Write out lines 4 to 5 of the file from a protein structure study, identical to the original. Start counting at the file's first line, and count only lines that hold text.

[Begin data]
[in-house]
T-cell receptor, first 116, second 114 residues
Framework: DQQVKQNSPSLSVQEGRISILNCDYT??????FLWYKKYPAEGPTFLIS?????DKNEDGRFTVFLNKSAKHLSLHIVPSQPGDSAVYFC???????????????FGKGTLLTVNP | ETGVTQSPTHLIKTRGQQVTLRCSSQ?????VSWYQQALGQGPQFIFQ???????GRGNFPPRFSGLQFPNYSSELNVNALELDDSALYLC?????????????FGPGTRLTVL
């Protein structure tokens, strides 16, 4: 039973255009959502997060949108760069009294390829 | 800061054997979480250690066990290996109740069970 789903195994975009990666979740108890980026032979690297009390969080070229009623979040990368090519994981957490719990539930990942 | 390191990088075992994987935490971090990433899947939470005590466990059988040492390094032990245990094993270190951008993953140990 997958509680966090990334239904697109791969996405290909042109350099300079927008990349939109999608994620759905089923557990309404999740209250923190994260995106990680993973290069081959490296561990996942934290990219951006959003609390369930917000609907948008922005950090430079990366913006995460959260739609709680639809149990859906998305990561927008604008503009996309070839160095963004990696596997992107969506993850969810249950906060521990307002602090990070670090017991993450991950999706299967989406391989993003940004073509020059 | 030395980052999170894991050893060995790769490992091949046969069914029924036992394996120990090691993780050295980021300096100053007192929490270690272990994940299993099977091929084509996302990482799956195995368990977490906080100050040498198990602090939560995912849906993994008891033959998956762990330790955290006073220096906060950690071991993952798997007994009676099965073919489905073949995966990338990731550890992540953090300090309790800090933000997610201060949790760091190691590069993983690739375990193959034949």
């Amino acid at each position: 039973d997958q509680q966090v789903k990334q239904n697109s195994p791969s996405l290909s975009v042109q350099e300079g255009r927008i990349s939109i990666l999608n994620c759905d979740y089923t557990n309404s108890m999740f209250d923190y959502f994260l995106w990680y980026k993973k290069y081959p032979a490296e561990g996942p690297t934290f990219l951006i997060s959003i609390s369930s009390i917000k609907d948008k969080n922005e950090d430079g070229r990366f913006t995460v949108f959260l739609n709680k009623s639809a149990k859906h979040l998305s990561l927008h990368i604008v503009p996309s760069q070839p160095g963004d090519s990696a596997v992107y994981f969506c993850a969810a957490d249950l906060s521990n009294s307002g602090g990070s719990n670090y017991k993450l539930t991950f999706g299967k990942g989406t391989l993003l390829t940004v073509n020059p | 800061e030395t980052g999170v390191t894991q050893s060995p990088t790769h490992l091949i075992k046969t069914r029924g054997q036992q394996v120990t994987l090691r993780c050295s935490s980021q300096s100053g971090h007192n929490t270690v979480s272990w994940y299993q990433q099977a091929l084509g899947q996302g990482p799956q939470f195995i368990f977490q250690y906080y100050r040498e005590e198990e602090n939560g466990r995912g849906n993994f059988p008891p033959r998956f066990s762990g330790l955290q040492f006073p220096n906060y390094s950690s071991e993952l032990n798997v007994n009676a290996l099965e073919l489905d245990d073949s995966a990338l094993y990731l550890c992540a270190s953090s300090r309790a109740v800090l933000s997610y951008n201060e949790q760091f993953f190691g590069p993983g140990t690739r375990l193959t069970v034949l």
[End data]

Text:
């Protein structure tokens, strides 16, 4: 039973255009959502997060949108760069009294390829 | 800061054997979480250690066990290996109740069970 789903195994975009990666979740108890980026032979690297009390969080070229009623979040990368090519994981957490719990539930990942 | 390191990088075992994987935490971090990433899947939470005590466990059988040492390094032990245990094993270190951008993953140990 997958509680966090990334239904697109791969996405290909042109350099300079927008990349939109999608994620759905089923557990309404999740209250923190994260995106990680993973290069081959490296561990996942934290990219951006959003609390369930917000609907948008922005950090430079990366913006995460959260739609709680639809149990859906998305990561927008604008503009996309070839160095963004990696596997992107969506993850969810249950906060521990307002602090990070670090017991993450991950999706299967989406391989993003940004073509020059 | 030395980052999170894991050893060995790769490992091949046969069914029924036992394996120990090691993780050295980021300096100053007192929490270690272990994940299993099977091929084509996302990482799956195995368990977490906080100050040498198990602090939560995912849906993994008891033959998956762990330790955290006073220096906060950690071991993952798997007994009676099965073919489905073949995966990338990731550890992540953090300090309790800090933000997610201060949790760091190691590069993983690739375990193959034949």
């Amino acid at each position: 039973d997958q509680q966090v789903k990334q239904n697109s195994p791969s996405l290909s975009v042109q350099e300079g255009r927008i990349s939109i990666l999608n994620c759905d979740y089923t557990n309404s108890m999740f209250d923190y959502f994260l995106w990680y980026k993973k290069y081959p032979a490296e561990g996942p690297t934290f990219l951006i997060s959003i609390s369930s009390i917000k609907d948008k969080n922005e950090d430079g070229r990366f913006t995460v949108f959260l739609n709680k009623s639809a149990k859906h979040l998305s990561l927008h990368i604008v503009p996309s760069q070839p160095g963004d090519s990696a596997v992107y994981f969506c993850a969810a957490d249950l906060s521990n009294s307002g602090g990070s719990n670090y017991k993450l539930t991950f999706g299967k990942g989406t391989l993003l390829t940004v073509n020059p | 800061e030395t980052g999170v390191t894991q050893s060995p990088t790769h490992l091949i075992k046969t069914r029924g054997q036992q394996v120990t994987l090691r993780c050295s935490s980021q300096s100053g971090h007192n929490t270690v979480s272990w994940y299993q990433q099977a091929l084509g899947q996302g990482p799956q939470f195995i368990f977490q250690y906080y100050r040498e005590e198990e602090n939560g466990r995912g849906n993994f059988p008891p033959r998956f066990s762990g330790l955290q040492f006073p220096n906060y390094s950690s071991e993952l032990n798997v007994n009676a290996l099965e073919l489905d245990d073949s995966a990338l094993y990731l550890c992540a270190s953090s300090r309790a109740v800090l933000s997610y951008n201060e949790q760091f993953f190691g590069p993983g140990t690739r375990l193959t069970v034949l």